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|The Global Fight for Food: A Battle of Narratives|
The inability of world leaders to face up to the root causes or policy contradictions of a food crisis is nothing new, but the resultant crisis of faith in neoliberal economic orthodoxy is a sign that the world direction is changing course, writes Adam W. Parsons.
16th September 08 - Adam W. Parsons ~ STWR
In the wake of a food crisis that gripped the media's attention during the summer of 2008, a new set of questions is beginning to surface. As analysts predict that the era of cheap resources is finally over, that the food emergency is no blip but a situation that could last indefinitely, the international community is being forced to re-examine the basic direction of world development. Could it be that the interlinked crises in food, energy and financial markets indicate the commencement of a terminal decline in the export-led, free market development model that has defined the past few decades of globalisation? Or will the emergency in food provision, as previously happened in 1974, reinforce the same policies in favour of large-scale industrial farming that have already devastated rural communities throughout the developing world?
The crisis of spiralling grain prices began well before the first media reports of food riots breaking out across nearly 40 countries earlier this year. By November 2007, the UN's biannual Food Outlook report warned that high food prices could trigger social unrest and make it increasingly difficult to meet the Millennium Development Goals (MDGs) on poverty and hunger reduction. The annual food expenditure of the most vulnerable countries had already more than doubled since 2000, they estimated. Mainstream news outlets remained quiet on the issue until late December 2007 when Jacques Diouf, head of the UN Food and Agricultural Organization (FAO), declared an "unforeseen and unprecedented shift" in the world's food supply. World wheat stocks were at their lowest level since 1980, he revealed, while the agency's food price index rose by more than 40 percent that year, compared to 9 percent the year before - a rate that was already unacceptable.
By January 2008, Afghanistan was the first country to plead for extra help from the UN's World Food Program (WFP) to feed an additional 2.5 million people, most of them the urban poor, in addition to the 5 million rural people the agency already feeds. The average Afghan household was now spending 45 percent of its income on food, up from 11 percent in 2006. A few months later, the WFP was ironically making its own pleas for extra funds for the first time in its history. By now, the international media was widely quoting the catchphrase of Josette Sheeran, the agency's executive director, who had forewarned a "perfect storm of hunger" many months before in reference to the triple threats of climate change, population growth and rising food prices. The WFP's limited budget was now being priced out of the market by the soaring cost of grains - just like the millions of impoverished people that it sought to keep alive.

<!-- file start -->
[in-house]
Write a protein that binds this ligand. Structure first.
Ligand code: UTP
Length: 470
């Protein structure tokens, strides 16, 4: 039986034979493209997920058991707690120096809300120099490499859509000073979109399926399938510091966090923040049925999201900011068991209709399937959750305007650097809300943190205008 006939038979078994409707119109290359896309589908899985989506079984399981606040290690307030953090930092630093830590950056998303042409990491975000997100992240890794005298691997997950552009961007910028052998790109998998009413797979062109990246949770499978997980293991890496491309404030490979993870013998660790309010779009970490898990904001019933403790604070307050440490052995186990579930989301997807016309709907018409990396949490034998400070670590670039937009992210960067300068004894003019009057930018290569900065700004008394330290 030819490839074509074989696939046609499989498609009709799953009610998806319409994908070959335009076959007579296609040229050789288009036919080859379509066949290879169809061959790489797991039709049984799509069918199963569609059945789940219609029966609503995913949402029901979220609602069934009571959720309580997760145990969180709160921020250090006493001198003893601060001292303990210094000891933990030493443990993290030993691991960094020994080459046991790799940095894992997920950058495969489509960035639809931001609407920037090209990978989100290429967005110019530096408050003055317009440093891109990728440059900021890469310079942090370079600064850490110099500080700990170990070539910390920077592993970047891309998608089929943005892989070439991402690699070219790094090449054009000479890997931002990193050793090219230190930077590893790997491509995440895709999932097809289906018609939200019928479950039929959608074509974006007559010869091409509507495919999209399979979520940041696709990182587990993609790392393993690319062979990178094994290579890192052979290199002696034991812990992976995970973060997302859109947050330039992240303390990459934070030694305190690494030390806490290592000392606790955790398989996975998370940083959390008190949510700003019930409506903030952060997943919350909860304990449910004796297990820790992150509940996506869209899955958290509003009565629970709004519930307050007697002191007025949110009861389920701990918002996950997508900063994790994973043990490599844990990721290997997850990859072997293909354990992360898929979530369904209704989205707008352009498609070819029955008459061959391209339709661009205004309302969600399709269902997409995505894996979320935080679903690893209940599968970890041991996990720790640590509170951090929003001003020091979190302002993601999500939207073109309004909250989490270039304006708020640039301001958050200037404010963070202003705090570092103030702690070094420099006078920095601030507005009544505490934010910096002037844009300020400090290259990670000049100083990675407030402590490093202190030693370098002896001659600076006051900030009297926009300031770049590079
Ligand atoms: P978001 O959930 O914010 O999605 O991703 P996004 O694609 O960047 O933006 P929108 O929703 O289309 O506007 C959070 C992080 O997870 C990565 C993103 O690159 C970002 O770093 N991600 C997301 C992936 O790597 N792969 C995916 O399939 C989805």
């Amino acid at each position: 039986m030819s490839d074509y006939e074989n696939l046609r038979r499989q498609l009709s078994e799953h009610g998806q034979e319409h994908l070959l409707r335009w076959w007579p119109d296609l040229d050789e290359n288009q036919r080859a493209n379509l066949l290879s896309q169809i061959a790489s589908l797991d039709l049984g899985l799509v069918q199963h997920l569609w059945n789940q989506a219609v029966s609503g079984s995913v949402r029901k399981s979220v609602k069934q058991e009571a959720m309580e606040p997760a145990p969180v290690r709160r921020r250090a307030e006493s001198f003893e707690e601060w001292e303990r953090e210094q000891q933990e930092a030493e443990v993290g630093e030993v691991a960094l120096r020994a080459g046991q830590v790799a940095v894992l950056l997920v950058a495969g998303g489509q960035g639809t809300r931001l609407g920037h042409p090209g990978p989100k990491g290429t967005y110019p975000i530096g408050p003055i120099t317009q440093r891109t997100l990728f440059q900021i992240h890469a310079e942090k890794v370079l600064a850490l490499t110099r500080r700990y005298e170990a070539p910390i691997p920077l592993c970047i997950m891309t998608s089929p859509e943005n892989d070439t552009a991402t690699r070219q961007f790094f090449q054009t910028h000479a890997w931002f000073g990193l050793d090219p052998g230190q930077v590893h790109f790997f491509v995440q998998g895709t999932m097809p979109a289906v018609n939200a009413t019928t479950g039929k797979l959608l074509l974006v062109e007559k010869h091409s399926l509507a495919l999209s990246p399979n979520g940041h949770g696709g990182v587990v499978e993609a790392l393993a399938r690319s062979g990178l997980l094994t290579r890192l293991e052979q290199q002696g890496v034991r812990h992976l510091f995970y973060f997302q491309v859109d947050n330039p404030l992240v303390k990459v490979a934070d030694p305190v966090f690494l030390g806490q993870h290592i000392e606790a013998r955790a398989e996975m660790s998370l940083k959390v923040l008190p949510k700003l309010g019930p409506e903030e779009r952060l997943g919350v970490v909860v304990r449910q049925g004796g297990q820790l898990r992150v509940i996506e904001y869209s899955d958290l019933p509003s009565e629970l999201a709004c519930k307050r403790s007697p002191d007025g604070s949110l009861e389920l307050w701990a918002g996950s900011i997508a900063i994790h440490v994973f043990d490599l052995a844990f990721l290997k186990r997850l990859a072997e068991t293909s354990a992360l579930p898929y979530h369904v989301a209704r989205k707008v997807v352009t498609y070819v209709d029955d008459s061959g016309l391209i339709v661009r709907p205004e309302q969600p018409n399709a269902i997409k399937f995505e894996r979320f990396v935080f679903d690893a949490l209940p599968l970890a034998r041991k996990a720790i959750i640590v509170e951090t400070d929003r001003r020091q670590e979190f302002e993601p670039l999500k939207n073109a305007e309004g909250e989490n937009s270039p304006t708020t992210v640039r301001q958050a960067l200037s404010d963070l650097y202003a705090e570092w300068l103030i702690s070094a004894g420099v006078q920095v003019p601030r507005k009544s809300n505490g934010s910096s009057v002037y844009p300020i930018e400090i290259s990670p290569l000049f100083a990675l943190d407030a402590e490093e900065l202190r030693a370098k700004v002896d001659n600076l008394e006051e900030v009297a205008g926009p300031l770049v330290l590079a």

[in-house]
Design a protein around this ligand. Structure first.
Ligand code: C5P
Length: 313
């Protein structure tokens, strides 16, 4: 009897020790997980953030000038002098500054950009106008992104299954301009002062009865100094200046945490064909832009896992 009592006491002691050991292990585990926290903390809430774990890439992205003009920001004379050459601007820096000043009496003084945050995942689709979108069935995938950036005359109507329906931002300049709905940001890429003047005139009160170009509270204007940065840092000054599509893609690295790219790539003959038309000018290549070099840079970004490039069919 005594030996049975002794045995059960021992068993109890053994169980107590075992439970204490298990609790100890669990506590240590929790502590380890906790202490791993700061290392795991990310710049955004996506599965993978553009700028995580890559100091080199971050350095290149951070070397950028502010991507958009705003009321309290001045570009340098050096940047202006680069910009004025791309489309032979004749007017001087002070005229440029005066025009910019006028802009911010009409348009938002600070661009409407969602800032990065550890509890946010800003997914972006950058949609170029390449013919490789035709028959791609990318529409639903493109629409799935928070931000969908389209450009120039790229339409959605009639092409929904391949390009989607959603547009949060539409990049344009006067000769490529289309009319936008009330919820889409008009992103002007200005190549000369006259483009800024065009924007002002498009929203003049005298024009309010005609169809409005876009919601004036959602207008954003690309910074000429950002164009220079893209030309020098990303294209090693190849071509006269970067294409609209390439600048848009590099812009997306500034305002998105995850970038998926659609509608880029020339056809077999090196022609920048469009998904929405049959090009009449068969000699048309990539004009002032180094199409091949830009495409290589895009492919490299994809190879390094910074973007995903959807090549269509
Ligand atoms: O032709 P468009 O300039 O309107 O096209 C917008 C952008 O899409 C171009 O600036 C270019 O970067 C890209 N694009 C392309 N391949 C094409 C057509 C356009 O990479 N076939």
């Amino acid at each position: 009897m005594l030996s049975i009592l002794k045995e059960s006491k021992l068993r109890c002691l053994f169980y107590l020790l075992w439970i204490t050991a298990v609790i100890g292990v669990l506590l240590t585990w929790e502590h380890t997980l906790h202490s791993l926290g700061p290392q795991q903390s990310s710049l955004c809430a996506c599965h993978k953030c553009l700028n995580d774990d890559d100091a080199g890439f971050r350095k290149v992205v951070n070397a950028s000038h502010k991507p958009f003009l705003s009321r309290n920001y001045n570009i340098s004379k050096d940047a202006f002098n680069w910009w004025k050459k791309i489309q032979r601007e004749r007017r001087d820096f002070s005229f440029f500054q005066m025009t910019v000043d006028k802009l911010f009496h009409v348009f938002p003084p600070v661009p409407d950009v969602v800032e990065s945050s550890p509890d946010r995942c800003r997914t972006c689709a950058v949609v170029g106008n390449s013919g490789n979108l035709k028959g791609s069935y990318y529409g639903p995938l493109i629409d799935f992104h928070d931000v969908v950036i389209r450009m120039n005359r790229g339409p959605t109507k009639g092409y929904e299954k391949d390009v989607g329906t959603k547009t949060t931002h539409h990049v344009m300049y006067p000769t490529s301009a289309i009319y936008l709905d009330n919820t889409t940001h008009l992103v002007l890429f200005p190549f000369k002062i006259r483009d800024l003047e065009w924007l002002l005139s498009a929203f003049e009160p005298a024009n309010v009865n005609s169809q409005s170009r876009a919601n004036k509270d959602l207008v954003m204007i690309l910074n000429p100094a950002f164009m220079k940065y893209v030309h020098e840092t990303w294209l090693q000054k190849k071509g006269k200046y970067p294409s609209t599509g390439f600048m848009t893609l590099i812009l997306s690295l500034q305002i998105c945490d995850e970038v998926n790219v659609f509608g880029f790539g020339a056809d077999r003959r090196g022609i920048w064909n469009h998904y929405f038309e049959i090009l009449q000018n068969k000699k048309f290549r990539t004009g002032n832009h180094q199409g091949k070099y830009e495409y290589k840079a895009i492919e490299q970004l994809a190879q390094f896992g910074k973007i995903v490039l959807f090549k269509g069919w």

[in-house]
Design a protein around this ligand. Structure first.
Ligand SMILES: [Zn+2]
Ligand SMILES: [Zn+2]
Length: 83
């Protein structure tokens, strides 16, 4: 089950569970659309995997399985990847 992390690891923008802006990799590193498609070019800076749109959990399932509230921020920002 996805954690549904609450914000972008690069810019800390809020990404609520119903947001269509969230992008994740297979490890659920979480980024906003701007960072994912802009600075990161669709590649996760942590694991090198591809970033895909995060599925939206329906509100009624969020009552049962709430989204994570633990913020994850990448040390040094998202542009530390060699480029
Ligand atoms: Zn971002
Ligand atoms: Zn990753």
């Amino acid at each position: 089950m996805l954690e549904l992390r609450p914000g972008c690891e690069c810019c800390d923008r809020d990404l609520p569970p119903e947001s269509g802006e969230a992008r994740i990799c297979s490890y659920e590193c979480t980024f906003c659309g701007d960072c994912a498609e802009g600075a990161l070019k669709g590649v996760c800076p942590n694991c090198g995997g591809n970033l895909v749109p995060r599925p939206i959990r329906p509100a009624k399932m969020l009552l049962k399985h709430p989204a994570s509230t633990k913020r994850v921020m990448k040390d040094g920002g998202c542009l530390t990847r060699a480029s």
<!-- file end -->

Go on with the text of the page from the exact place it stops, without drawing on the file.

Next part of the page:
Chronology of a food price crisis
From that symbolic turning point in March until the emergency UN food summit held in early June, news agencies held nothing back in reporting the extent of the burgeoning crisis. Haiti was among the most terrible case studies; in a country once self-sufficient in rice production only a few decades ago, conditions on foreign loans - mostly from the International Monetary Fund (IMF) - forced it to liberalise its market. After cheap and subsidised rice flooded in from the U.S., local production was soon wiped out. In 2008, the price of rice suddenly increased by 50 percent within a year. For the poorest country in the Western hemisphere, impoverished Haitians were reported to be eating biscuits made of mud, or else risking their lives to cross the sea in search of illegal work in the United States. Soon scores of people were on the rampage in the capital, blocking roads, looting shops and shooting at UN peacekeepers.
A similar story can be recounted in Mexico since implementing the North American Free Trade Agreement (NAFTA) in 1994. Before the liberalising of markets in basic agricultural produce, four out of every 10 tonnes of rice produced in Mexico were exported, but by 2006 seven of every 10 tons of rice consumed were imported. Production dropped by almost half, most of the small producers went bankrupt, and domestic prices fell by 55 percent between 1989 and 2006. Smallholder producers of other basic grains and oilseeds suffered a comparable fate. With colossal food price inflation in the past two years, Mexicans can no longer produce the basic food their country needs, nor afford the products sold by U.S. agribusiness giants that now dominate the domestic market. Tens of thousands of Mexicans took to the streets in January 2007 to protest a 60 percent increase in the price of tortillas; exactly one year later, similar protests over food-price hikes descended into violent riots.